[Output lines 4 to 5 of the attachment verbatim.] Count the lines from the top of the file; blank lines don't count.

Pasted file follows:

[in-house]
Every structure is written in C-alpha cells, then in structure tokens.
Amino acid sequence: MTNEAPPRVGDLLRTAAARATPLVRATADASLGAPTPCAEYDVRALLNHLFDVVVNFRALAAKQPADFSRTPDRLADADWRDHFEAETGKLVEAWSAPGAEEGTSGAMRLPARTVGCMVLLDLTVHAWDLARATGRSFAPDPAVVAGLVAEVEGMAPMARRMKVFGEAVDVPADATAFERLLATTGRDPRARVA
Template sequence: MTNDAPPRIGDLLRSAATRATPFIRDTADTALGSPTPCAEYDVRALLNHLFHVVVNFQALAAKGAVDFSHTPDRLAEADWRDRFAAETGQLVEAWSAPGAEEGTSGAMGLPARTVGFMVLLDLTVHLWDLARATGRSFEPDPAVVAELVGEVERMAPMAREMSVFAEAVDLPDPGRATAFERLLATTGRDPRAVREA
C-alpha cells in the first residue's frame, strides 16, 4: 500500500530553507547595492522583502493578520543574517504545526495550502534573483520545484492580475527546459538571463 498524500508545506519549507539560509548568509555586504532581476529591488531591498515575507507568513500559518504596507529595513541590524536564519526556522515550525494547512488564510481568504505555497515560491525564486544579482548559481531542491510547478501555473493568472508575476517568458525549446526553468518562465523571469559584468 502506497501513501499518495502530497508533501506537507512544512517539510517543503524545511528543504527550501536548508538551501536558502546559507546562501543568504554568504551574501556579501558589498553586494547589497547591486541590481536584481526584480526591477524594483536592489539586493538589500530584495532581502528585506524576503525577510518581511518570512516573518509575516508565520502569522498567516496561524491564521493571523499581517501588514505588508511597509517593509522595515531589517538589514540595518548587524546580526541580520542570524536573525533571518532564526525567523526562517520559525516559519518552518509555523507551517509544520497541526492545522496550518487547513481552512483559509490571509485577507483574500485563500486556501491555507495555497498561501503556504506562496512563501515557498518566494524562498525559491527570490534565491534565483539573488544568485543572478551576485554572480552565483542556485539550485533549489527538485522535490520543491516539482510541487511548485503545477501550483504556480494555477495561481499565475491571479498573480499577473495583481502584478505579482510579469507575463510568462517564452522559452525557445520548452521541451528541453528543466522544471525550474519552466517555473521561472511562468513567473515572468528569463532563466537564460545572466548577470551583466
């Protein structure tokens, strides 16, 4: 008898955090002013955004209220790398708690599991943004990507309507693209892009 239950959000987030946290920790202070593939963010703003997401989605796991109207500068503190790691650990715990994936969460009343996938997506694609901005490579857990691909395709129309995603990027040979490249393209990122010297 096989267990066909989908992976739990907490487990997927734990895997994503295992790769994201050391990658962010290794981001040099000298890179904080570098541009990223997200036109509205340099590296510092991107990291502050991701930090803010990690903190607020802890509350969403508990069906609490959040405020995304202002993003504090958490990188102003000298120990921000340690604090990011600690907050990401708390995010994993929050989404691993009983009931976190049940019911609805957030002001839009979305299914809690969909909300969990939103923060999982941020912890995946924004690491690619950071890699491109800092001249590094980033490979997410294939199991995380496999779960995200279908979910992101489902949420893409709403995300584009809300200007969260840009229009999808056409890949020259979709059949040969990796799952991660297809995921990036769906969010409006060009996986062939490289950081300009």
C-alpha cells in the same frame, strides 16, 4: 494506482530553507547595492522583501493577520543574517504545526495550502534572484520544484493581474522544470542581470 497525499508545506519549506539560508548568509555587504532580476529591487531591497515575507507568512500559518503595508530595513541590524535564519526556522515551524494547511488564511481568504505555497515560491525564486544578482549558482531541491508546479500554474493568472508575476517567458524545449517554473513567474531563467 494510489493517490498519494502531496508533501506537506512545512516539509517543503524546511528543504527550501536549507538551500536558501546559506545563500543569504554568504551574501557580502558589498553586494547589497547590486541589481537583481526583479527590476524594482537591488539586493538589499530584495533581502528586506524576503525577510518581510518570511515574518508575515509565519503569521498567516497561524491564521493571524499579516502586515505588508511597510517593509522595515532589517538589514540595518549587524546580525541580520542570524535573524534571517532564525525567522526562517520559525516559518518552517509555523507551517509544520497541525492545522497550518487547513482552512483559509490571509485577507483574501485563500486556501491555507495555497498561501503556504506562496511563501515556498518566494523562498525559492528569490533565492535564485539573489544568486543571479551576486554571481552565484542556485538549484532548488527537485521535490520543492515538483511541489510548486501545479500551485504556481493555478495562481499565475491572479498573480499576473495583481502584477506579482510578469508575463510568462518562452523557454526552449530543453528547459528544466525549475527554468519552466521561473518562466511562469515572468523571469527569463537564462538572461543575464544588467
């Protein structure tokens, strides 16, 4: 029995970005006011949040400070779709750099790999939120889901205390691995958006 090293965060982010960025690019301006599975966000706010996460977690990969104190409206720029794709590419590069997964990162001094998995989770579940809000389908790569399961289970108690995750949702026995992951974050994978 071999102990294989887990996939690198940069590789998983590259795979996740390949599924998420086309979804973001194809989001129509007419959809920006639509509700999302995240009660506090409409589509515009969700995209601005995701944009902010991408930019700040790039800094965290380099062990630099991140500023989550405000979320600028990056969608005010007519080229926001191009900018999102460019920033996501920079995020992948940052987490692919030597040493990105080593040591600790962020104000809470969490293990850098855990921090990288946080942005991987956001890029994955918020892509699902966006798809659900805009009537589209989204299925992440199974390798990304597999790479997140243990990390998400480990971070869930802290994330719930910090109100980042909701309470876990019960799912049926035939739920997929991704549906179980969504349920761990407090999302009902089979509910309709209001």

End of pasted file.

Template sequence: MTNDAPPRIGDLLRSAATRATPFIRDTADTALGSPTPCAEYDVRALLNHLFHVVVNFQALAAKGAVDFSHTPDRLAEADWRDRFAAETGQLVEAWSAPGAEEGTSGAMGLPARTVGFMVLLDLTVHLWDLARATGRSFEPDPAVVAELVGEVERMAPMAREMSVFAEAVDLPDPGRATAFERLLATTGRDPRAVREA
C-alpha cells in the first residue's frame, strides 16, 4: 500500500530553507547595492522583502493578520543574517504545526495550502534573483520545484492580475527546459538571463 498524500508545506519549507539560509548568509555586504532581476529591488531591498515575507507568513500559518504596507529595513541590524536564519526556522515550525494547512488564510481568504505555497515560491525564486544579482548559481531542491510547478501555473493568472508575476517568458525549446526553468518562465523571469559584468 502506497501513501499518495502530497508533501506537507512544512517539510517543503524545511528543504527550501536548508538551501536558502546559507546562501543568504554568504551574501556579501558589498553586494547589497547591486541590481536584481526584480526591477524594483536592489539586493538589500530584495532581502528585506524576503525577510518581511518570512516573518509575516508565520502569522498567516496561524491564521493571523499581517501588514505588508511597509517593509522595515531589517538589514540595518548587524546580526541580520542570524536573525533571518532564526525567523526562517520559525516559519518552518509555523507551517509544520497541526492545522496550518487547513481552512483559509490571509485577507483574500485563500486556501491555507495555497498561501503556504506562496512563501515557498518566494524562498525559491527570490534565491534565483539573488544568485543572478551576485554572480552565483542556485539550485533549489527538485522535490520543491516539482510541487511548485503545477501550483504556480494555477495561481499565475491571479498573480499577473495583481502584478505579482510579469507575463510568462517564452522559452525557445520548452521541451528541453528543466522544471525550474519552466517555473521561472511562468513567473515572468528569463532563466537564460545572466548577470551583466